What’s this? A Disney Princess whose primary trait isn’t her physical appearance or pathetic social situation or desperate need of rescue? I’ve had to rethink my whole Disney Princess schema. With one arrow from her quiver, Merida from Brave has shot the stereotype all to hell.
I almost didn’t see it, but it was hot and there were lots of kids around and they were starting to annoy each other. I hadn’t shaved my legs or armpits and wasn’t about to get that act together to take them to the pool, so a movie it was.
1. Scottish people are inherently funny, especially when they are not trying to be funny. This, never would have predicted it but there it is, is also true for animated Scottish people.
2. I don’t know who is doing what with those computer machines they have nowadays, but I couldn’t take my eyes off of this particular princess’s hair.
3. Boys like this princess movie, even though they will say the do not.
My daughter was freaked out by the conflict between the mother and daughter in this movie, not to mention the occasional bear fight, and if you haven’t seen it, I’ll try to be vague, but whatever – go see it. Princess Merida is independent and feisty and smart and brave and does her own damn thing despite the fact that her mother Knows What’s Best. And her mother probably does, sort of mostly, know what’s best. So they fight, because that’s what mothers and daughters do.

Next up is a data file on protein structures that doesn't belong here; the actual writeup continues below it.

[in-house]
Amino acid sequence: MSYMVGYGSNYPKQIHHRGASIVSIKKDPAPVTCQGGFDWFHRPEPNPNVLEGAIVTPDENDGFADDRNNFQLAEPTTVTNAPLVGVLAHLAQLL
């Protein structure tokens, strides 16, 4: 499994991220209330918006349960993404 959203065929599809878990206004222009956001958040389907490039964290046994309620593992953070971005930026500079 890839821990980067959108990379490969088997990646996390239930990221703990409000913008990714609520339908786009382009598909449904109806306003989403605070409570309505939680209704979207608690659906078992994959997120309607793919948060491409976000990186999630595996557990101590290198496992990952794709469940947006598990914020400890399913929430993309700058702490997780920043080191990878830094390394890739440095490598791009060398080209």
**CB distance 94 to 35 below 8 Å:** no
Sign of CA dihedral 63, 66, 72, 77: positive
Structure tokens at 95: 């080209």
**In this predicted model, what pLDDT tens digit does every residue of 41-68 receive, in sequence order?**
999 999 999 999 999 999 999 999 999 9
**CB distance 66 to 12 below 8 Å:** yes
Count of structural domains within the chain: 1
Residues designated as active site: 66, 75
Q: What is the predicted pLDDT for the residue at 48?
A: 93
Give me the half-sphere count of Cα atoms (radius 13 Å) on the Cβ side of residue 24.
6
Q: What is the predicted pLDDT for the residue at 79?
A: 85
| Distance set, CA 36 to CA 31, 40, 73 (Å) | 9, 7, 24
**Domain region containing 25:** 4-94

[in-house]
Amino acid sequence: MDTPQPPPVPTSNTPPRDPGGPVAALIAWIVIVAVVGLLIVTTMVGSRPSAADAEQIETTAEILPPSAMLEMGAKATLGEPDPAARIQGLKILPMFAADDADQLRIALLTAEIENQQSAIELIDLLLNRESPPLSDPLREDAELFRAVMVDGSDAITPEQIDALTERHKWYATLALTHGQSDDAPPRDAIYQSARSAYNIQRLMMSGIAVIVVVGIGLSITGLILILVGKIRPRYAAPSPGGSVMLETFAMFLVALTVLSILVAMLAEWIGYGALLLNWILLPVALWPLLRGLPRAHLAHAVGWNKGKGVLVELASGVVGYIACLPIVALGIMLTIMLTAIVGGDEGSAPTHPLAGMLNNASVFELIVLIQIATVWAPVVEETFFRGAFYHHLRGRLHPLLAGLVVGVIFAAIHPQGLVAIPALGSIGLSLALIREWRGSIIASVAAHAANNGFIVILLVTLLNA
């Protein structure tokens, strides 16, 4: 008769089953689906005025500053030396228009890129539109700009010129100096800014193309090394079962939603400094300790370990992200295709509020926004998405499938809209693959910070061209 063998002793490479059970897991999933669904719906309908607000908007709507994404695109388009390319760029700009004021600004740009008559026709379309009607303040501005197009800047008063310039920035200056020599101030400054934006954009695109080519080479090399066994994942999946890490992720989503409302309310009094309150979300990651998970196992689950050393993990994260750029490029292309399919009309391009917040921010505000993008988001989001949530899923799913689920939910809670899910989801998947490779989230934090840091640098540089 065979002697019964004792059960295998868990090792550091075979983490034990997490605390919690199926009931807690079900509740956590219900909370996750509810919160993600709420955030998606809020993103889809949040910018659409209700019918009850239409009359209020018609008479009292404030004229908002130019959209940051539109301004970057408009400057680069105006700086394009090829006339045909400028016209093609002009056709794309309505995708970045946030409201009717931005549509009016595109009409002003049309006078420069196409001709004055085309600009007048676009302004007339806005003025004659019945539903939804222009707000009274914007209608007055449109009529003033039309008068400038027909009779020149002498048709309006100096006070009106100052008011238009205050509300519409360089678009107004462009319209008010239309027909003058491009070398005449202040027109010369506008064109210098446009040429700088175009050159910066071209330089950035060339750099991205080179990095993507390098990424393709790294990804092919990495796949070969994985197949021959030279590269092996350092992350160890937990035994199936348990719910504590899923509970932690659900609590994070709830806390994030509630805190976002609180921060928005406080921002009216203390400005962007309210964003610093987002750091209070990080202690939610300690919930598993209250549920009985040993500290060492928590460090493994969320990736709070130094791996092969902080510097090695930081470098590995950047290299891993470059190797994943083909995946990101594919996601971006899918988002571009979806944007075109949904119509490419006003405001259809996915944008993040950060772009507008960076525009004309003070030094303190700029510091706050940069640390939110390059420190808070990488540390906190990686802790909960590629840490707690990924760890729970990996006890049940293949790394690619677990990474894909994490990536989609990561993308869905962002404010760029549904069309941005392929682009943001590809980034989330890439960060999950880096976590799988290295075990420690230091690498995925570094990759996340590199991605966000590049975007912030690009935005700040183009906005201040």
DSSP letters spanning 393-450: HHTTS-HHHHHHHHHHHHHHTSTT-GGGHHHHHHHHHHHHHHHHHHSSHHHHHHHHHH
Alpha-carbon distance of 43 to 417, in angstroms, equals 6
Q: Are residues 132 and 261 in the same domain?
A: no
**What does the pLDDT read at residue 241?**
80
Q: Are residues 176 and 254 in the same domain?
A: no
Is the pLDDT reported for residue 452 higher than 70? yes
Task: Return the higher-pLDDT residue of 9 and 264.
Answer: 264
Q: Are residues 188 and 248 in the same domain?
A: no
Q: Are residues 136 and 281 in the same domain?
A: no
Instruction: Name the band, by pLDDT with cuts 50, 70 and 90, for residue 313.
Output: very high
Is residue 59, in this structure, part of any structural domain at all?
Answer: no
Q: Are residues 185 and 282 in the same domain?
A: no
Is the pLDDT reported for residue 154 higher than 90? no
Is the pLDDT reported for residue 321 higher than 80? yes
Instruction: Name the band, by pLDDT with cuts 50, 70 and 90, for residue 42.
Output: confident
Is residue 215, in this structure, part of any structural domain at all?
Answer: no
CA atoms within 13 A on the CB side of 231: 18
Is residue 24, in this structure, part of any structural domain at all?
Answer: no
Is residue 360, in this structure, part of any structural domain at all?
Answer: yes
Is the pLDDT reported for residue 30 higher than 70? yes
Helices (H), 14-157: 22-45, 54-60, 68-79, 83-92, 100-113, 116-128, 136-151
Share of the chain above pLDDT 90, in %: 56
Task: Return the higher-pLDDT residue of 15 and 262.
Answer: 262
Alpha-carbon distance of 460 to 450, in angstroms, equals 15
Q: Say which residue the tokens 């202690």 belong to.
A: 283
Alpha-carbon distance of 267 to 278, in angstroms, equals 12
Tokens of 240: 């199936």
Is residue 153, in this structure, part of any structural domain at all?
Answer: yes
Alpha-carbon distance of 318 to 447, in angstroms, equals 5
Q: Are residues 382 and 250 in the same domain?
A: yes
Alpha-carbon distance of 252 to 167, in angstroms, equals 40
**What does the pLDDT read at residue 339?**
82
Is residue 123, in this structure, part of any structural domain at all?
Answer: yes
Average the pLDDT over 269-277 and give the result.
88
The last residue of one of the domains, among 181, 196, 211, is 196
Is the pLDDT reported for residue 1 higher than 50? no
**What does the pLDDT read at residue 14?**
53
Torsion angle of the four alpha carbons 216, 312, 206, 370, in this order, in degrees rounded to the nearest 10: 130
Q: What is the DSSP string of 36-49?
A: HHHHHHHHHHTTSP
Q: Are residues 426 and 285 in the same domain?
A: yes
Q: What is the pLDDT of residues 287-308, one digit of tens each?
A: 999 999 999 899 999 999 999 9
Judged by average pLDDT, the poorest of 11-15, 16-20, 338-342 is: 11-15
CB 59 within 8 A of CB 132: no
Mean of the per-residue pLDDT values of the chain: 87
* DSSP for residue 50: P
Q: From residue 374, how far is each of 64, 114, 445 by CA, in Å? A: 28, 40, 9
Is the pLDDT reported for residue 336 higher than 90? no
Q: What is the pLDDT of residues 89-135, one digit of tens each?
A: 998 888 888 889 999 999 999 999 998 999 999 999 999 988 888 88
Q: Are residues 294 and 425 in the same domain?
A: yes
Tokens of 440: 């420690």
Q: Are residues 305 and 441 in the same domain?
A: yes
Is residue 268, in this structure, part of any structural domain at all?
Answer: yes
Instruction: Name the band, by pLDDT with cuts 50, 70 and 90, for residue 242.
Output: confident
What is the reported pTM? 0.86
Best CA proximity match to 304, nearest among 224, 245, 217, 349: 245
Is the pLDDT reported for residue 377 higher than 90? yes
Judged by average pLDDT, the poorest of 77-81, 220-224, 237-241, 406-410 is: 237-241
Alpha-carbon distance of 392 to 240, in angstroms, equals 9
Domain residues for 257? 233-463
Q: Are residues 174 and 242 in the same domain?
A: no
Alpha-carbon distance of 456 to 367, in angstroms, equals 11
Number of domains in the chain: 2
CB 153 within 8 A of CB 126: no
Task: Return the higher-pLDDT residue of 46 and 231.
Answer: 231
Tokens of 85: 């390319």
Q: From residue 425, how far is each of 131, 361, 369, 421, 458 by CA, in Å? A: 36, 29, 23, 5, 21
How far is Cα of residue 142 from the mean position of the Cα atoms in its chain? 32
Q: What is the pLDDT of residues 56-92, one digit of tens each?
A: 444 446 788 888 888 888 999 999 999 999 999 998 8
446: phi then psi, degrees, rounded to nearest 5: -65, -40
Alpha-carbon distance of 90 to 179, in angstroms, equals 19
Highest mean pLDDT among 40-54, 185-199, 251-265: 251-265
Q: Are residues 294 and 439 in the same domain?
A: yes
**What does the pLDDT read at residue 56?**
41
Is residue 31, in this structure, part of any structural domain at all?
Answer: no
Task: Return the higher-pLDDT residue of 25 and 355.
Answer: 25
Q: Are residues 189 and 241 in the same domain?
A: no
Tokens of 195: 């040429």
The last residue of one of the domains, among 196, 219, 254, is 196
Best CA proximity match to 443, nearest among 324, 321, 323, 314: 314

Merida and her mother say some things they wish they hadn’t said and some stuff happens that scared the bejeezus out of my daughter, even though I held on to her and kept saying, “I PROMISE it will be OK. The princess and her mother are going to figure it all out and it will be all better in the end. I promise. Because that’s what Disney movies do.”
My girl is smart as a whip and getting to be that age where daughters don’t entirely believe that everything their mothers say is true, and she only sort of believed me. Because that’s what daughters do.
But in the end, the mother taught her brave daughter what it really means to be brave and they figured it all out and everything was better in the end. Because, after all, mothers do teach their daughters how to be brave. That’s what mothers do.
At the end of the movie when my daughter was happy and smiling and relieved and full of popcorn and Sour Patch Kids, she looked at me and said, “You’re crying! Why are you crying?” And I said, “Because it was a really good movie,” and what I didn’t say is that I was crying because sometimes the brave thing to do is to show how you really feel.
I love you, mom.